Owner and professional auctioneer, Col. Corrina McEwen Pauldine, hosted the company's first weekly auction Monday, Nov. 19, and said in spite of a few computer glitches, said overall it was a huge success.
"Even though I was hoping for a larger turnout, it was a great first night," Pauldine said. "I received a lot of good feedback and suggestions, and it was a good learning experience. Now we'll just keep improving on it until it is a well-oiled machine."
McEwen Auction Company accepts a variety of items for consignment. Pauldine said she is looking for things like antiques, household furniture and appliances, such as washers, dryers and refrigerators in good working condition. Other items she said she is interested in trying to sell for people are vintage clothing, old books and local memorabilia, tools and electronics.
"I also dabble in clothes, jewelry, coins," Pauldine said. "It can be a lot of different things; right now I have a big bird cage. Just tell me what you have or bring it in so I can take a look it and I'll let you know if I think it will sell at an auction."
Some of the items she said she does not deal in, however, include clothes, baby toys and cribs.
A graduate of the Texas Auction Academy in June, Pauldine earned the official title of Colonel, which is ascribed to every professional auctioneer. She said she not only learned the rapid fire chant, but the 10-day intensive course also taught her every aspect of running and owning an auction company, from bookkeeping and state and federal regulations to community involvement and auction technology.
Pauldine said she has been interested in auctions and antiques ever since she was a child. She said her mom was always dragging her to auctions and she bought her first item by herself at an Earl Johnson auction when she was about 10 years old.
"I've always had a passion for it and was always collected things," Pauldine said. "While other girls were collecting stickers or whatever, I was collecting antique figurines and even antique furniture."
As an adult, she graduated with a bachelor's degree in English literature with a minor in computer information systems; has been a licensed Realtor; and owned an antique store in downtown Oswego.
All the while, she said her mom was continually encouraging her to become an auctioneer.
In March of this year, she said she had an epiphany and decided it was time to pool all of her experiences and resources and start the career she had always wanted.
"I looked back over all of the jobs I'd had in my life and realized all of my experience could be used in this venture." She said she kept hearing her mom's voice in the back of her head, encouraging her, and decided now was the time.
"I wanted to be in charge of my own future," Pauldine explained. "To me, that is being self-employed. It is my work ethic and my hard work that determines where I go in my life."
So, Pauldine wrote up her business plan, utilized the small business development center at SUNY Oswego and applied for a small business loan through the city's community development office.
Her plan for the first year is to become very well-established through her weekly auctions and expand out to include specialty auctions. She is already getting ready her first one, Dec. 28, which will be an antique exclusive auction and will include antique furniture and home décor items.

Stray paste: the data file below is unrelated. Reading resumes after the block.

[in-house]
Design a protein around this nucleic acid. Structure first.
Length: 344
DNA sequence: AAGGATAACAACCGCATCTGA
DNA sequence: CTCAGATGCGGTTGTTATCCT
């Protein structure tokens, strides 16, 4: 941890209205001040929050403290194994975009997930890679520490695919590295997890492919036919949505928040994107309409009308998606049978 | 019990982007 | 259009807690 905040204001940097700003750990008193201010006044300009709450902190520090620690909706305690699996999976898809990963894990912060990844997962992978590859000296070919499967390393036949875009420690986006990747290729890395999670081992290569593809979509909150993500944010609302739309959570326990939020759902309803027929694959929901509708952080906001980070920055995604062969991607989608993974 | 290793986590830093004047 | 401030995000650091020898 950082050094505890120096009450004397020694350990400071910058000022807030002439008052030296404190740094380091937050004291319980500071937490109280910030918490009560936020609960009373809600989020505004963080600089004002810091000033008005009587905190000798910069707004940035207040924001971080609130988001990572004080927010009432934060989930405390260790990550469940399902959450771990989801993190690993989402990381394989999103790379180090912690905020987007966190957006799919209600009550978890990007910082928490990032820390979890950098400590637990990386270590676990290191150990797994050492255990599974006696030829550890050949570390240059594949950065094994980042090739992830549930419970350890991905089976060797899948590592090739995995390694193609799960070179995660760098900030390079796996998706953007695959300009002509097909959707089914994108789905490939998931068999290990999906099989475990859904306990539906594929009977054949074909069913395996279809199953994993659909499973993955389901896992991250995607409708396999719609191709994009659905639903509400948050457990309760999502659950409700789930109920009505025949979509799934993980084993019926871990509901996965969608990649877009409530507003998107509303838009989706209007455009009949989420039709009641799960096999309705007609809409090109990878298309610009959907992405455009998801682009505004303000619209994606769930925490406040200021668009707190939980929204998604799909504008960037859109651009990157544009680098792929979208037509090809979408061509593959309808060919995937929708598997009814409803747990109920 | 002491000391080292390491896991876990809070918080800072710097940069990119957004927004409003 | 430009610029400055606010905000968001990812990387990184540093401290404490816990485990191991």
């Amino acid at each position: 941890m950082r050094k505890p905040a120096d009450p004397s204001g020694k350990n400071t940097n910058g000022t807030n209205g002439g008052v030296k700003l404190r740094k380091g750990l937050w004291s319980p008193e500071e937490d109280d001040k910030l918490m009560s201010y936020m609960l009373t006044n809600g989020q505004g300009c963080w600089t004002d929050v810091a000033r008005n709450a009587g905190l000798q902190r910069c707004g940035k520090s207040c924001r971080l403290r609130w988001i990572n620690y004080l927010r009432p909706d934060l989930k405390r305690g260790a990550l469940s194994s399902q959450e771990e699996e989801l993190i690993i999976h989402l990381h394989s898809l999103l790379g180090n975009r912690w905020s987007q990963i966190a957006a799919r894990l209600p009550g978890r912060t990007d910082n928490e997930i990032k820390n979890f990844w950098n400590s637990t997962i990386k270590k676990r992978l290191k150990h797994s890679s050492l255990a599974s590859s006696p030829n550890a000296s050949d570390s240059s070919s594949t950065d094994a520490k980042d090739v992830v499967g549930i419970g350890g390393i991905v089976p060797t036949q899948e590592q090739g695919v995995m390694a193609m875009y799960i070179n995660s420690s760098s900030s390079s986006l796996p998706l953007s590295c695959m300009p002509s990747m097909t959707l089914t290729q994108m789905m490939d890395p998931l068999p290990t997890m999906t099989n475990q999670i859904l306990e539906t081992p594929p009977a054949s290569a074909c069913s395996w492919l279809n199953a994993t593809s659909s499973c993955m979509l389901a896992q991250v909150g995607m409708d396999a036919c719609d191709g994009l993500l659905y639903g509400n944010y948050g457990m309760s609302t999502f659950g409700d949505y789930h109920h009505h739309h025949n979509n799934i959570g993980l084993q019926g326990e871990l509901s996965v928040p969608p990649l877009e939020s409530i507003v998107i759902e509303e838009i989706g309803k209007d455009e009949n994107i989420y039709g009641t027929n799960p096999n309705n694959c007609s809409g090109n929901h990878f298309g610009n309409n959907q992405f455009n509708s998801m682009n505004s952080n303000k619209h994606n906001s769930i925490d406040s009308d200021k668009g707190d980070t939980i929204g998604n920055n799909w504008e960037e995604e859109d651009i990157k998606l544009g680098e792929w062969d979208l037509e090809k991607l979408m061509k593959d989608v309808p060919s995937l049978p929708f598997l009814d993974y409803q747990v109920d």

Another feature she plans to incorporate bidding against my live bidders," Pauldine said.
She said she is hoping to have the web cast up and running for the Dec. 28 auction, but is not sure she will have everything in place that quickly, which includes training and hiring another employee.
McEwen Auction Company currently has five employees and hopes to have a lot of the kinks worked out through her weekly auctions by the time of her first specialty auction in December.
Pauldine is looking to perform on-site estate auctions beginning in the spring.
"We will bring the auction – chairs, tents, computers, employees – right to the site," Pauldine said.
She also offers fund-raising services to local organizations that want to do a live auction as opposed to a silent auction.
"Live auctions generate more excitement which in turn raises more money," Pauldine pointed out.
Eventually, within the next year or so, she said she would also like to move into real estate auctions.
"Bernie Brzostek has done a lot to change the local perspective on selling items at real estate," she said. "People generally think it is a huge risk and it's a hard concept to grasp, but Bernie has been doing it for a while and he has helped local communities see that as an option."
A website for McEwen Auction Company is currently being developed, but those interested can find out more or interact with Pauldine on the company's Facebook page at https://www.facebook.com/McEwenAuctionCompany.
"I really want to encourage people, especially those who have never been to an auction, to come in, sit and see what it is like," Pauldine said. "It is really fun and a great way to find a lot of interesting and unique items."
The next auction will be Monday at 6 p.m., with a preview from 5-6 p.m.
For more information or to find out about consigning, contact Pauldine at 343-6530.